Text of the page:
What Are The Different Types of Eczema?
Different Types of Eczema
Eczema Treatment Miami
Eczema is a general term for any type of dermatitis or “itchy rash”. There are several skin diseases that are eczemas; a partial list of eczemas includes:
- atopic dermatitis
- contact dermatitis
- dyshidrotic eczema
- nummular eczema
- seborrheic dermatitis
All types of eczemas cause itching and redness and some will blister, weep or peel.
ATOPIC DERMATITIS (AD)
Often the symptoms fade during childhood, though “most” will have AD for life. It is estimated that atopic dermatitis affects over 30 million Americans. It typically affects the insides of the elbows, backs of the knees, and the face but can cover most of the body.
Atopic dermatitis falls into a category of diseases called atopy, a term originally used to describe the allergic conditions asthma and hay fever. Atopic dermatitis was included in the atopy category because it often affects people who either suffer from asthma and/or hay fever or have family members who do, but now have been genetically connected.
Physicians often refer to these three diseases as the “atopy triad”. The disease by its very nature can be episodic. People with atopic dermatitis tend to have high staph levels on their skin, although atopic dermatitis is not infectious to other people.
CONTACT DERMATITIS (ALLERGIC OR IRRITANT)
Common irritants include solvents, industrial chemicals, detergents, fumes, tobacco smoke, paints, bleach, woolen fabrics, acidic foods, astringents, and other alcohol (excluding cetyl alcohol) containing skincare products, and some soaps and fragrances.
Allergens are usually animal or vegetable proteins from foods, pollens, or pets. Contact dermatitis is most often seen around the hands or parts of the body that touched the irritant/allergen.
DYSHIDROTIC DERMATITIS (POMPHOLYX)
NUMMULAR DERMATITIS (DISCOID)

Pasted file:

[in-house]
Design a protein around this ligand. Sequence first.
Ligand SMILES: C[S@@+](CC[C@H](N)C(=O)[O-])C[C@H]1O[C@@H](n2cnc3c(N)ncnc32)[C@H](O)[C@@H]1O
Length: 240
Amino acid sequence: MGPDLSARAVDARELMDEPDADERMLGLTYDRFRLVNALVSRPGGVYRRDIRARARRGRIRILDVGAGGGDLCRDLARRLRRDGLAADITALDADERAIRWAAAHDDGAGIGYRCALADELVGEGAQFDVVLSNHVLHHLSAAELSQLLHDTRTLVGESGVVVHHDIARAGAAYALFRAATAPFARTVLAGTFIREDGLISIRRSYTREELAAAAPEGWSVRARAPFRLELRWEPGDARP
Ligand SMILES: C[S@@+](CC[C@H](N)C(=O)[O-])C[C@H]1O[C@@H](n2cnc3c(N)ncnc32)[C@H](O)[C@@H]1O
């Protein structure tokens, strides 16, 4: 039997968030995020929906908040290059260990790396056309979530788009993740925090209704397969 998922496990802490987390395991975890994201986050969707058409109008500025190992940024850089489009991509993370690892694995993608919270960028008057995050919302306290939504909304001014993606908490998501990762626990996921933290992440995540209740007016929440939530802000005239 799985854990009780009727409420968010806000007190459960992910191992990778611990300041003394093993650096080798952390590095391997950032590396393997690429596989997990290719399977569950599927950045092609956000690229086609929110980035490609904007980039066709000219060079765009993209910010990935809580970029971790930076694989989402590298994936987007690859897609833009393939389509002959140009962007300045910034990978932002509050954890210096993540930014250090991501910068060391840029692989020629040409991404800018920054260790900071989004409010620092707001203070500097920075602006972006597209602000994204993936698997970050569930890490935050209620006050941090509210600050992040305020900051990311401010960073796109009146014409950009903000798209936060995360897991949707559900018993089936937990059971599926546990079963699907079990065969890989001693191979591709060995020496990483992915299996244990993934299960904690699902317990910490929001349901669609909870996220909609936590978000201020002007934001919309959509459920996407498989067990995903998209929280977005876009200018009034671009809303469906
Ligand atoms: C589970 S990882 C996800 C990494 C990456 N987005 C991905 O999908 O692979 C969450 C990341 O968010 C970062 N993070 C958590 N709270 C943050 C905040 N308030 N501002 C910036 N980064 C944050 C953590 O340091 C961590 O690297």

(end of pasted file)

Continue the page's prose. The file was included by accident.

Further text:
MANAGEMENT OF ECZEMA
DO I WANT TO USE PRESCRIPTION DRUGS OR OVER-THE-COUNTER MEDICATIONS?
Regular use of these products may reduce the frequency of flare-ups. Prescription medicines, by contrast, are usually much more powerful in providing some relief of the symptoms. They are closely regulated in the U.S. by the Food and Drug Administration (FDA) and are approved for use in treating a specific disease only after they have demonstrated effectiveness and safety.
No prescription drug is free of side effects, and FDA approval is given to drugs with the understanding that they must be used with caution to avoid the negative effects which could result in something worse than the disease itself. Consequently, these drugs must be administered under the watchful eye of a licensed prescriber-a doctor, or in some states, a nurse practitioner.
WHAT ARE FDA-APPROVED PRESCRIPTION THERAPIES?
At this time there are two FDA-approved non-steroid drugs: tacrolimus and pimecrolimus. Topical anesthetics, antibiotics, antihistamines, antibacterial, antifungal, and anti-inflammatory drugs are available in creams, gels, ointments, lotions, and solutions. Most of these classes of drugs can also be administered orally.
WHAT ABOUT ALTERNATIVE OR COMPLEMENTARY MEDICATION?
ARE THERE PLANTS AND VEGETABLES TO AVOID?
Citric fruits like lemons, limes, and oranges may cause phototoxicity problems. You can get a severe rash from contact with a mango rind.
The saps of certain trees are also phototoxic. Daisies (member of a family which includes dandelions, artichokes, chrysanthemum, sunflowers, and yarrow) contain a variety of allergens called sesquiterpene lactones in their stems, leaves, and flowers. If handled, they can produce a localized rash, and they (particularly dried ragweed) may also cause airborne contact dermatitis.
Tulips contain an allergen called tuliposideA that often causes a fissured, fingertip dermatitis called “tulip fingers”. Poinsettias are also very irritating mostly because of a sticky sap it exudes. Handle all plants diligently (or with latex-free gloves).